am also told that PBMs also take too long to update the market value of 
the drugs on their covered drug lists. But these tricks are just two. 
PBMs use many more.
  According to one expert and pharmacy owner in my district, he has 
seen three primary causes for recent increases in prescription drugs: 
one, FDA involvement, including requiring ``modern clinical trials'' of 
old drugs that have worked for decades; two, drug manufacturers 
needlessly hiking the price of generic drugs; and three, PBMs charging 
ridiculous prices for drugs and pocketing the profits.
  According to my constituents, PBMs are the main culprit of the three. 
This pharmacist recently met with me and shared an eye-opening example. 
One of his senior customers came in with a prescription for a fairly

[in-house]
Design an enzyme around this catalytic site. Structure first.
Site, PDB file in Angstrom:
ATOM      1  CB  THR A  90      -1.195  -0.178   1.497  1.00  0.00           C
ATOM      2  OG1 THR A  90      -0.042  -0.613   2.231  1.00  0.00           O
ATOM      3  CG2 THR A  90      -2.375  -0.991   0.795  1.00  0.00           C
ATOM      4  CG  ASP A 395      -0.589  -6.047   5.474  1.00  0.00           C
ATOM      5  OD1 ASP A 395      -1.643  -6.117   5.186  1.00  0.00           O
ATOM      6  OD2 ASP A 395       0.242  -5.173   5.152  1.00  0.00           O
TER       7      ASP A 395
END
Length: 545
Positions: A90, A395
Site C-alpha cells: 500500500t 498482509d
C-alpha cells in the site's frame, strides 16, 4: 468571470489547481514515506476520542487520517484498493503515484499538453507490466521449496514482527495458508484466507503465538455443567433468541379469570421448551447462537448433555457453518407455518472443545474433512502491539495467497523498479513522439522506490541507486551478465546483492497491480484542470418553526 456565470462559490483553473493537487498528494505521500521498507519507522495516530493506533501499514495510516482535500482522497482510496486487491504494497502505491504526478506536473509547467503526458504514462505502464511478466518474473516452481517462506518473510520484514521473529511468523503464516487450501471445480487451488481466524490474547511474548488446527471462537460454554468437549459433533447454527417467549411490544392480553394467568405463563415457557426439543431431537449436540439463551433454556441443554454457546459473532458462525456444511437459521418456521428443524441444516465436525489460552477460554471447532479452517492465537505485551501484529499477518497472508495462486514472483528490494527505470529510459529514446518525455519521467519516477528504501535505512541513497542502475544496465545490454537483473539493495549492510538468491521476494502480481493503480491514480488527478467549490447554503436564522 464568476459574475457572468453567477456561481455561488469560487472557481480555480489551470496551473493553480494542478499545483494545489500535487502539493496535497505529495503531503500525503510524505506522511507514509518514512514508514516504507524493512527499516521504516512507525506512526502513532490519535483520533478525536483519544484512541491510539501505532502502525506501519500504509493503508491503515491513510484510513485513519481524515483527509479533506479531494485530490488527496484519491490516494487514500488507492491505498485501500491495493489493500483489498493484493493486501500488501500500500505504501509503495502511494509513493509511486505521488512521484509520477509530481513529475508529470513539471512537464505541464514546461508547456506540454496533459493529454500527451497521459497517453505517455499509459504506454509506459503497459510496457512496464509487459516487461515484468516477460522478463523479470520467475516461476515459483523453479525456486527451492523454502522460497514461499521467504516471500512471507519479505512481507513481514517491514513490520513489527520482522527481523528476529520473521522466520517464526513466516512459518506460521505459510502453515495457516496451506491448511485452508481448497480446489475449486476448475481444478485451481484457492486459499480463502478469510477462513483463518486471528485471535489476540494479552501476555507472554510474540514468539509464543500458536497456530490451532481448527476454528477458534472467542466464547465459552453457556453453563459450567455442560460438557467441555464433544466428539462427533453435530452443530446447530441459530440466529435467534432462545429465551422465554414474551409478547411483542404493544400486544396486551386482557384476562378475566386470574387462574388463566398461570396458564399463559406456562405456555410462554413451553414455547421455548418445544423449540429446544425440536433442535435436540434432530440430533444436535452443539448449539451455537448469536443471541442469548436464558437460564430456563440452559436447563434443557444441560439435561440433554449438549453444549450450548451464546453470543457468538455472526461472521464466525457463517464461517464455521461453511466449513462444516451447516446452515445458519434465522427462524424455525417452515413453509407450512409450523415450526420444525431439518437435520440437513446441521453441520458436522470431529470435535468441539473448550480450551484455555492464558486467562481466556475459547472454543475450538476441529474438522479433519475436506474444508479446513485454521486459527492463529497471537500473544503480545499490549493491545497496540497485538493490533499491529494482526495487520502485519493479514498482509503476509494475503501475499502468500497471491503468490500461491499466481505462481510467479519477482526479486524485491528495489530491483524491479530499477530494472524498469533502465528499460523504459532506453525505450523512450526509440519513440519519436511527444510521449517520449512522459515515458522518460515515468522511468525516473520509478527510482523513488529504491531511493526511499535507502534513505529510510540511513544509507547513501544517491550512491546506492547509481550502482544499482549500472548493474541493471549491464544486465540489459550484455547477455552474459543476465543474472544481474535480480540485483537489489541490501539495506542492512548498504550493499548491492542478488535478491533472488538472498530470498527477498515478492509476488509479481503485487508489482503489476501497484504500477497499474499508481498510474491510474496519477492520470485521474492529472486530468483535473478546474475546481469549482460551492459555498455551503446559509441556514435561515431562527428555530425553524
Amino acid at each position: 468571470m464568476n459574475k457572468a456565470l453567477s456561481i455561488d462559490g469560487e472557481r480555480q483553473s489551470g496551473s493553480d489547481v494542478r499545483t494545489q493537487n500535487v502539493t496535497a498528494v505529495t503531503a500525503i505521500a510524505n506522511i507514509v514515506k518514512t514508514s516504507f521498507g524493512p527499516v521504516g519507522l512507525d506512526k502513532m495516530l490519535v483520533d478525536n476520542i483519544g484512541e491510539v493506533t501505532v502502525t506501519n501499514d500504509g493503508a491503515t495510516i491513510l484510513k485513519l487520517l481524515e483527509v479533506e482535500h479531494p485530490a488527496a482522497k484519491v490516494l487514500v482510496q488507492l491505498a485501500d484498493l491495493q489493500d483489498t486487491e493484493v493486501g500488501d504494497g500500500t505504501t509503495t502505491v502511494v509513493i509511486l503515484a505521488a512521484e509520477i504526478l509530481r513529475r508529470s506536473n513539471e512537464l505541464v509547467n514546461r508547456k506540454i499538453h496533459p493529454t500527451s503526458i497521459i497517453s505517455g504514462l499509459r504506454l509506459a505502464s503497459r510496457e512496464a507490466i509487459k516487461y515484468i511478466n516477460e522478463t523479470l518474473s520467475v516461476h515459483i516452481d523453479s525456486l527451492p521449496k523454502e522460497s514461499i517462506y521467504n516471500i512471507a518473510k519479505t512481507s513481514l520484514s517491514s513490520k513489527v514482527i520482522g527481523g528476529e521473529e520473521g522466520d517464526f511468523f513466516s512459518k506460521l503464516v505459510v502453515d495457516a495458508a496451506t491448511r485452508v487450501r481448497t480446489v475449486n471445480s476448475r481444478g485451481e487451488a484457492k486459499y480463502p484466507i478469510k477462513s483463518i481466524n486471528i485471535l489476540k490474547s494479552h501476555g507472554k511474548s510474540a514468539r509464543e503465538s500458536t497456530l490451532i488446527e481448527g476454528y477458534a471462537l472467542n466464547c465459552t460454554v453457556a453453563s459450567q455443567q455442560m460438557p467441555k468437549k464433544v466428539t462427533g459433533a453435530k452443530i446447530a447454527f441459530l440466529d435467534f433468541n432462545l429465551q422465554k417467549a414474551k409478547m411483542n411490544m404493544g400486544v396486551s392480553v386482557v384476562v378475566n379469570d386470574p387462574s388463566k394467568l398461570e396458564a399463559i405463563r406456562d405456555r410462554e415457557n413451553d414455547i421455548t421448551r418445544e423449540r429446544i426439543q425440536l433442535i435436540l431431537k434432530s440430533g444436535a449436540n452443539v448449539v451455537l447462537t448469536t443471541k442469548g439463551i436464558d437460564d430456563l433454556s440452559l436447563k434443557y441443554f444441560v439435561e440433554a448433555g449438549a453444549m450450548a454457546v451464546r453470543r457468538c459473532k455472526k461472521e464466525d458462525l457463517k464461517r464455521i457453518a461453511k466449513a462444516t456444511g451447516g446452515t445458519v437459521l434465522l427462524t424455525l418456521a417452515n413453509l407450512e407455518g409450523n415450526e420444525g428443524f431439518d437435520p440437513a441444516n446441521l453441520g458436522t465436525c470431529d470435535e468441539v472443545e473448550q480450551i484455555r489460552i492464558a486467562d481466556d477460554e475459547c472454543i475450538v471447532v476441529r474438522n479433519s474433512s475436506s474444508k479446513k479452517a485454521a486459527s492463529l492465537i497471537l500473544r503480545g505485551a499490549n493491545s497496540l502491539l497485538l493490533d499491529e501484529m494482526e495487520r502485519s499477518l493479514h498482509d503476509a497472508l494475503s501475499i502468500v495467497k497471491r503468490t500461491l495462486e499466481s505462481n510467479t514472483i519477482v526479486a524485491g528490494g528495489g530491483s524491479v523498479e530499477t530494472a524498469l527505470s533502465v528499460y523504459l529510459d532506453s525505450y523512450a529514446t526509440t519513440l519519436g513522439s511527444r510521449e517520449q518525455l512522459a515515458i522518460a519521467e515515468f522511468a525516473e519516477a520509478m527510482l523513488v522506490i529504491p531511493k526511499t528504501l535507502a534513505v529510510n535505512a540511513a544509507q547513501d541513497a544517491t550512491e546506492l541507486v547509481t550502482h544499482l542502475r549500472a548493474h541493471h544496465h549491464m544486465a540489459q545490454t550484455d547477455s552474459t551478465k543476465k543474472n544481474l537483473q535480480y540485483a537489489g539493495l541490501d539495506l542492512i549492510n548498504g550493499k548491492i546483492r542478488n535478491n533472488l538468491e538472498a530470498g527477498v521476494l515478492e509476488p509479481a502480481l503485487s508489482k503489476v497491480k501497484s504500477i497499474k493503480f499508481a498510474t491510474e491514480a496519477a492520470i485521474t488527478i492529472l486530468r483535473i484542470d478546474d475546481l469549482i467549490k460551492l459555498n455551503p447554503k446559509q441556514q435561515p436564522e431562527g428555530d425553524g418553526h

common drug. The prescription had a real or actual cost of $23.40, but 
the pharmacist found that the PBM was charging a copay of $250, over 10 
times the actual cost of the drug. The pharmacist chose to just absorb 
the PBM's ridiculous copay, and only charged his customer the actual 
cost of the drug.
  Another pharmacist in my district emailed me, describing how PBM 
practices are accelerating seniors into the Medicare part D coverage 
gap, or doughnut hole. He said: ``All of these PBMs have these types of 
unfair compensations . . . This is not fair, and it hurts our 
seniors.''
  Even more pharmacists in my district have also reached out to me, 
saying that they only get pennies on the dollar for the drugs they 
sell. PBM actions are forcing pharmacies to deny patients access to 
critical medications, or to give drugs away for free.
  The Daily Times in Blount County, in my district, recently ran a 
story on PBMs called ``Sworn to Secrecy.''

                              {time}  1900

  The article cites a pharmacist in Pennsylvania, Eric Pusey, who says 
that his patients' copays for drugs are often higher than out-of-pocket 
costs. Why? Because of PBM clawbacks. Mr. Pusey says that if he